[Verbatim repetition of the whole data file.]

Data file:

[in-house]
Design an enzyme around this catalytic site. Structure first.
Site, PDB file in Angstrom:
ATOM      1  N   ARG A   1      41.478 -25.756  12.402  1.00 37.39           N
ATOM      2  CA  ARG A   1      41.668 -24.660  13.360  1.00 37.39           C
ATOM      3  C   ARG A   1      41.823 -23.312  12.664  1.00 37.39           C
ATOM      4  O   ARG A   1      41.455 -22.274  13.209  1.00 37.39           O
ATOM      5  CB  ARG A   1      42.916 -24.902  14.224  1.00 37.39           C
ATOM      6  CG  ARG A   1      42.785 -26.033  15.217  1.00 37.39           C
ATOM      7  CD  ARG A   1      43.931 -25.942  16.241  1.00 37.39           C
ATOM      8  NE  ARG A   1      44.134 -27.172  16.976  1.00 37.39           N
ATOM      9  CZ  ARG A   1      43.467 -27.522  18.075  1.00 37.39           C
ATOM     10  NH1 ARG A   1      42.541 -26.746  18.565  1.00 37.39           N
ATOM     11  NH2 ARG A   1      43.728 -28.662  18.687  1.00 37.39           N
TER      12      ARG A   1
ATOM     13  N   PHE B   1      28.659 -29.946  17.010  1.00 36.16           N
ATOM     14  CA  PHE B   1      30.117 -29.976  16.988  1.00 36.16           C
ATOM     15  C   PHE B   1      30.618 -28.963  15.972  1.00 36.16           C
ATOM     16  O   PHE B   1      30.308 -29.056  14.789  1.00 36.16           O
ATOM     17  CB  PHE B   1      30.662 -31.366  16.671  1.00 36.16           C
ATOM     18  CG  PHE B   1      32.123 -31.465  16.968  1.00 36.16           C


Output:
[in-house]
Design an enzyme around this catalytic site. Structure first.
Site, PDB file in Angstrom:
ATOM      1  N   ARG A   1      41.478 -25.756  12.402  1.00 37.39           N
ATOM      2  CA  ARG A   1      41.668 -24.660  13.360  1.00 37.39           C
ATOM      3  C   ARG A   1      41.823 -23.312  12.664  1.00 37.39           C
ATOM      4  O   ARG A   1      41.455 -22.274  13.209  1.00 37.39           O
ATOM      5  CB  ARG A   1      42.916 -24.902  14.224  1.00 37.39           C
ATOM      6  CG  ARG A   1      42.785 -26.033  15.217  1.00 37.39           C
ATOM      7  CD  ARG A   1      43.931 -25.942  16.241  1.00 37.39           C
ATOM      8  NE  ARG A   1      44.134 -27.172  16.976  1.00 37.39           N
ATOM      9  CZ  ARG A   1      43.467 -27.522  18.075  1.00 37.39           C
ATOM     10  NH1 ARG A   1      42.541 -26.746  18.565  1.00 37.39           N
ATOM     11  NH2 ARG A   1      43.728 -28.662  18.687  1.00 37.39           N
TER      12      ARG A   1
ATOM     13  N   PHE B   1      28.659 -29.946  17.010  1.00 36.16           N
ATOM     14  CA  PHE B   1      30.117 -29.976  16.988  1.00 36.16           C
ATOM     15  C   PHE B   1      30.618 -28.963  15.972  1.00 36.16           C
ATOM     16  O   PHE B   1      30.308 -29.056  14.789  1.00 36.16           O
ATOM     17  CB  PHE B   1      30.662 -31.366  16.671  1.00 36.16           C
ATOM     18  CG  PHE B   1      32.123 -31.465  16.968  1.00 36.16           C